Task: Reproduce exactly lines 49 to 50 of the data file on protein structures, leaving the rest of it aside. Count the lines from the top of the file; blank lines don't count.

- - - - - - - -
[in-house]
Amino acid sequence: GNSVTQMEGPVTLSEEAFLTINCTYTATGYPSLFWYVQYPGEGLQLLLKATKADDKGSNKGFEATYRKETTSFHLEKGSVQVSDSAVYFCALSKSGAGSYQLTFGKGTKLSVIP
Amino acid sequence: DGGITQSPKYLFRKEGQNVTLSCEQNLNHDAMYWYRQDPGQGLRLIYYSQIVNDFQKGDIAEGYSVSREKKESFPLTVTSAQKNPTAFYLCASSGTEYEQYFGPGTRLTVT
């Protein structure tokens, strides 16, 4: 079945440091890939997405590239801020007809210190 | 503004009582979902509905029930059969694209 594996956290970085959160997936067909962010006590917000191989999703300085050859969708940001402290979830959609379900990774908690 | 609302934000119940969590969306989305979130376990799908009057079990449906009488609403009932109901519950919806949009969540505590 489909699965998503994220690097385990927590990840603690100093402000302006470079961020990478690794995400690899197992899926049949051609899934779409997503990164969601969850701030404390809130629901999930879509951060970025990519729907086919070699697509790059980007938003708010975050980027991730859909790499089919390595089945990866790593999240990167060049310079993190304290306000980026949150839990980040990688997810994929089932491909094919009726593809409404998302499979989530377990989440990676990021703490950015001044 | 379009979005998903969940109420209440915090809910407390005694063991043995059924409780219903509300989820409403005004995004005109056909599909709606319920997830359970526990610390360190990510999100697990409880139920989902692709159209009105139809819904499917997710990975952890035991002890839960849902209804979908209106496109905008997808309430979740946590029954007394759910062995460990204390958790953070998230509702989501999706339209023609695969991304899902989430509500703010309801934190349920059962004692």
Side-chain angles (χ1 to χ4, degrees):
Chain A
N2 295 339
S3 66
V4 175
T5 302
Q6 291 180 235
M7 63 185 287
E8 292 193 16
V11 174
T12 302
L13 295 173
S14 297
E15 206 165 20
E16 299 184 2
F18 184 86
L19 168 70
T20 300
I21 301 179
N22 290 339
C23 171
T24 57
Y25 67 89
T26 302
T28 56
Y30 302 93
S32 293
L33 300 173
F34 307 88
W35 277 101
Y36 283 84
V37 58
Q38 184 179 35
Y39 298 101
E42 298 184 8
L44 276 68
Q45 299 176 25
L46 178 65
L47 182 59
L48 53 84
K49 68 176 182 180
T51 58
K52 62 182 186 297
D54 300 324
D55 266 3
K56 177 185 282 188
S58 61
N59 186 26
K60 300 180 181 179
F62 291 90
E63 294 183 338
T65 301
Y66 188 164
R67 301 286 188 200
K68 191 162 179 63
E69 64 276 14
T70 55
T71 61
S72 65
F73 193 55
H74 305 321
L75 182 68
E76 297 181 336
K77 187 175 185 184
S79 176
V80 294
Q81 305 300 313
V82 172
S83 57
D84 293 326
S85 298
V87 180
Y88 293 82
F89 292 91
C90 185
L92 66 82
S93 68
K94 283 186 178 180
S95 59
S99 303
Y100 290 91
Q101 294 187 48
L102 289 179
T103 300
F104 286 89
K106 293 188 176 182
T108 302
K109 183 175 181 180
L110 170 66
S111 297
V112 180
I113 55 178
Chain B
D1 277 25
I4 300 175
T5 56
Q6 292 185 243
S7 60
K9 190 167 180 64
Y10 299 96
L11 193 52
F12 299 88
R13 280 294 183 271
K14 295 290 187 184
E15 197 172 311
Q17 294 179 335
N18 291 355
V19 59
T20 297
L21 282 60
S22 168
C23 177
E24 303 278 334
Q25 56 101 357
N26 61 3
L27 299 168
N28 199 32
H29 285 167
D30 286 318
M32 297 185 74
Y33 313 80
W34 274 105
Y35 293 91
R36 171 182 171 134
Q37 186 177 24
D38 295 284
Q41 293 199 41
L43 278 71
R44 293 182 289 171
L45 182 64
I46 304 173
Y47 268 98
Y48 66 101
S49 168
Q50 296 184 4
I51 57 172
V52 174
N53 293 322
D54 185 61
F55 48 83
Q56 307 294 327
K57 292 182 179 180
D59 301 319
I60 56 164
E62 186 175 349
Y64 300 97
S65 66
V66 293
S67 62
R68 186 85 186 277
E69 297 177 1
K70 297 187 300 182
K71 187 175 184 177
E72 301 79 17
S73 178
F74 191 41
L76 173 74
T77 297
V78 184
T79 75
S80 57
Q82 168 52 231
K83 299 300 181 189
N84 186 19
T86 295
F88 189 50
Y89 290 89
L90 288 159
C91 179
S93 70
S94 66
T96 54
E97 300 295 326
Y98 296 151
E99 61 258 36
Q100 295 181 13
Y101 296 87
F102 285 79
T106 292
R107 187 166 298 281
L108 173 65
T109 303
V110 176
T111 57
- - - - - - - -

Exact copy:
D55 266 3
K56 177 185 282 188